Contributors Page: Volume 4

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Christopher Lynch received his BA at St. John’s College and his MA and PhD at the University of Chicago’s Committee on Social Thought. He has taught at the University of Chicago, Boston College and the University of Dallas’s Rome Campus. He is Associate Professor of Political Science and Great Ideas: Intellectual Foundations of the West at Carthage College, and he teaches in the Hertog Political Studies Program in Washington, D.C. He publishes primarily on Machiavelli’s writings.

Jessie Martinez received her BA from California State University, Fresno, where she studied Philosophy with a concentration in Religious Studies. She is currently pursuing a Master of Fine Arts at the University of Dallas with a concentration in Printmaking. Her works include silk screen, lithography, and wood relief; her side projects range from water color to comic books.

Carle T. Mock received a BA in History and a BSBA in Accounting from Dana College, and holds an MA in Politics from the University of Dallas, where he is an Adjunct Instructor of Politics. His article, “The Structure, Design, and Argument of Thomas More’s ‘Fortune Verses’” appeared in the December 2011 issue of Moreana. He is presently writing his dissertation on another of More’s works, The History of Richard III, King of England.

Matthew Spring is a student of Literature in the University of Dallas’s Institute of Philosophic Studies. He received his BA in English and Spanish from Saint John Fisher College in Rochester, New York, and his MA in English from Saint Cloud State University in Minnesota. He is especially interested in the relationship between the family and the city and in the therapeutic qualities of lyric.

Michael D. Terranova is a PhD student in Literature in the Institute of Philosophic Studies at the University of Dallas and currently teaches as an Adjunct Professor of English at UD. His areas of interest include prose fiction, especially the 19th and 20th century novel. He also holds a PhD in Theology from Boston College and a Masters in Architecture from the University of Texas at Arlington School of Architecture. He has taught Theology for Boston College, The Cardinal Newman Institute in Fort Worth, and UD. He also continues to work in the field of architecture.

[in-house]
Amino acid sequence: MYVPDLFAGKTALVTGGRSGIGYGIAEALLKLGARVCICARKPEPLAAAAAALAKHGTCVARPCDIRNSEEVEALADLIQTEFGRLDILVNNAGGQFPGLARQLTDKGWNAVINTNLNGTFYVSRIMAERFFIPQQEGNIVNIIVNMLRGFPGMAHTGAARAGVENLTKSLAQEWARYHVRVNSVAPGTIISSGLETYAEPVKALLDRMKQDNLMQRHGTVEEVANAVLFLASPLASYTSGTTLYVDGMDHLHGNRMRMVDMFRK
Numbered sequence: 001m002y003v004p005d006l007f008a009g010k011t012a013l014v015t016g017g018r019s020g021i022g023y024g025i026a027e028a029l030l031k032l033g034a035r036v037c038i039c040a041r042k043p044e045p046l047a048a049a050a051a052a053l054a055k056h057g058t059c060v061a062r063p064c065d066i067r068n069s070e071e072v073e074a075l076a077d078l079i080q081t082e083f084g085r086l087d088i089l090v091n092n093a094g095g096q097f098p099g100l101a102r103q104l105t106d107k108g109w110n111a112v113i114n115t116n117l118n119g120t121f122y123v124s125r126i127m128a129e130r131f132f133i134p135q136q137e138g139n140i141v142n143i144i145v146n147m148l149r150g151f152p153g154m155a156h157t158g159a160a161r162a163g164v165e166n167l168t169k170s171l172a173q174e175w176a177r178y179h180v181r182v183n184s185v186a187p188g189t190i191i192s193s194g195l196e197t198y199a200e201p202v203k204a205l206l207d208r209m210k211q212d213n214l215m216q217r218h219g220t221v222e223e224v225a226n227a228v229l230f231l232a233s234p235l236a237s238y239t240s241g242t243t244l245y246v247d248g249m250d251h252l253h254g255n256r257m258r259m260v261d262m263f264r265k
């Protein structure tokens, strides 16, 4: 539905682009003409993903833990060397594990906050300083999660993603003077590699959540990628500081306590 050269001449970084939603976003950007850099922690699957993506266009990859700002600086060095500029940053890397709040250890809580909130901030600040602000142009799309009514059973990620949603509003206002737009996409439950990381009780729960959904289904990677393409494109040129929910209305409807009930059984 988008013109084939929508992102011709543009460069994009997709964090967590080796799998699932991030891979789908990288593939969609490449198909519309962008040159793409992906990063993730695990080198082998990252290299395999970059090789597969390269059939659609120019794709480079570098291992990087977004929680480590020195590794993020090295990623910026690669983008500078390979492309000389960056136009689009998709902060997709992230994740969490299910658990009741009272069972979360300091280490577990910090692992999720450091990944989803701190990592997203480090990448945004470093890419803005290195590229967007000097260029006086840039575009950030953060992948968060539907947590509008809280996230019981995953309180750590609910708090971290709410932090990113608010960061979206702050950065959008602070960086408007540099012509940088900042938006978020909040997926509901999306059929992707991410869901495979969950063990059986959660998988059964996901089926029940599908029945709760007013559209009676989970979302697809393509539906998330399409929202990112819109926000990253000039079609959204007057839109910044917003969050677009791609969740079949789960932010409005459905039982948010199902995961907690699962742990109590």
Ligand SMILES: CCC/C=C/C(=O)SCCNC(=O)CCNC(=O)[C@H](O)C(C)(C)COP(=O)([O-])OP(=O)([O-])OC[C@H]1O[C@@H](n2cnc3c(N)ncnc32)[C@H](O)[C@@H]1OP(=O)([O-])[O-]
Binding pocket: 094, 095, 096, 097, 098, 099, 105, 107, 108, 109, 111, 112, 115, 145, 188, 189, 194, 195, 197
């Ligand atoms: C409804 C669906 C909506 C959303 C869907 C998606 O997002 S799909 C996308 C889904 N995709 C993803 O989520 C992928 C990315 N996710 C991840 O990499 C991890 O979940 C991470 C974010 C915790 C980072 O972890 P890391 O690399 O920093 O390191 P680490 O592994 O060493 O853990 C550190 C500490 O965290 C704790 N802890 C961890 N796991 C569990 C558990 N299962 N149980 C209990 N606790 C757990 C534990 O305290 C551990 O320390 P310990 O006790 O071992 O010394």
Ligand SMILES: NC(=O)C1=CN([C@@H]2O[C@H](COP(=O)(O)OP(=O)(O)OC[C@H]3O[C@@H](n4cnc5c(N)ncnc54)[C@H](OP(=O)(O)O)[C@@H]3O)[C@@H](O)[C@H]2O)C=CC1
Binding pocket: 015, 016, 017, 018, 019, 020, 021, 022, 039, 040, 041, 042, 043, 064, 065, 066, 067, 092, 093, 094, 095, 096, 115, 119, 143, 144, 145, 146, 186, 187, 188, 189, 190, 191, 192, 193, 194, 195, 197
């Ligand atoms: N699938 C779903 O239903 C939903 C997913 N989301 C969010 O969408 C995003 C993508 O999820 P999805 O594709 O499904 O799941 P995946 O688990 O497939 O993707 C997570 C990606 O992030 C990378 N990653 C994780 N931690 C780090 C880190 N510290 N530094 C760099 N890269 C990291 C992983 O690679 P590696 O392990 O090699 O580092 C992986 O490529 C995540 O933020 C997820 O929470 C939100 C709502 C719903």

Pavlos L. Papadopoulos is a PhD student in Politics in the Institute of Philosophic Studies at the University of Dallas. He received his BA from St. John’s College in Annapolis, Maryland, where he wrote his senior thesis on the theme of fraternity in the book of Genesis. His research interests include the relation between philosophy and the written word in the 5th-4th centuries BC and the crisis posed by totalitarian ideology in the 20th century AD.

John F. Rico, graduated from Mount Angel Seminary in Saint Benedict, Oregon, with a BA in Philosophy and worked for the Archdiocese of Portland for six years. He is currently an MA student in Philosophy at the University of Dallas. His research interests include the philosophical underpinnings of contemporary conversations between scientists and theologians.

Michael Farmer earned his Bachelor of Fine Arts from the University of Arizona, Tucson, in the spring of 2012. He is currently a graduate student in the University of Dallas printmaking program and expects to earn his Master of Fine Art degree in the fall of 2013. His thesis exhibition will be in the Gorman Lecture Center October 28-29, 2013.

William Turnage, holds a MA in Literature from the University of South Alabama, Mobile, with a thesis on John Crowe Ransom. He is now a PhD candidate in the Institute of Philosophic Studies at the University of Dallas with a concentration in literature, writing a dissertation on Allen Tate. He is also an Adjunct Instructor of English at UD and a former editor-in-chief of Ramify. His main interests are the literature of the American South; lyric poetry, especially of the Modernist period; and Greek poetry. He also explores the theory of knowledge of the world via the poetic imagination.

Richard J. Dougherty, is Associate Professor of Politics and Chairman of the Department of Politics at the University of Dallas, as well as Director of the University’s Center for Christianity and the Common Good. He has taught at UD since 1990. He is a contributor to the Encyclopedia of the American Presidency, Saint Augustine Through the Ages: An Encyclopedia, and the forthcoming Oxford Guide to the Historical Reception of Augustine. He has written and lectured widely on issues related to American politics and law, including the presidency and the courts, and Catholic social and political thought. He is currently completing a book on executive prerogative power and American constitutionalism. He received his BA from Belmont Abbey College, and his MA and PhD from the Institute of Philosophic Studies at the University of Dallas.

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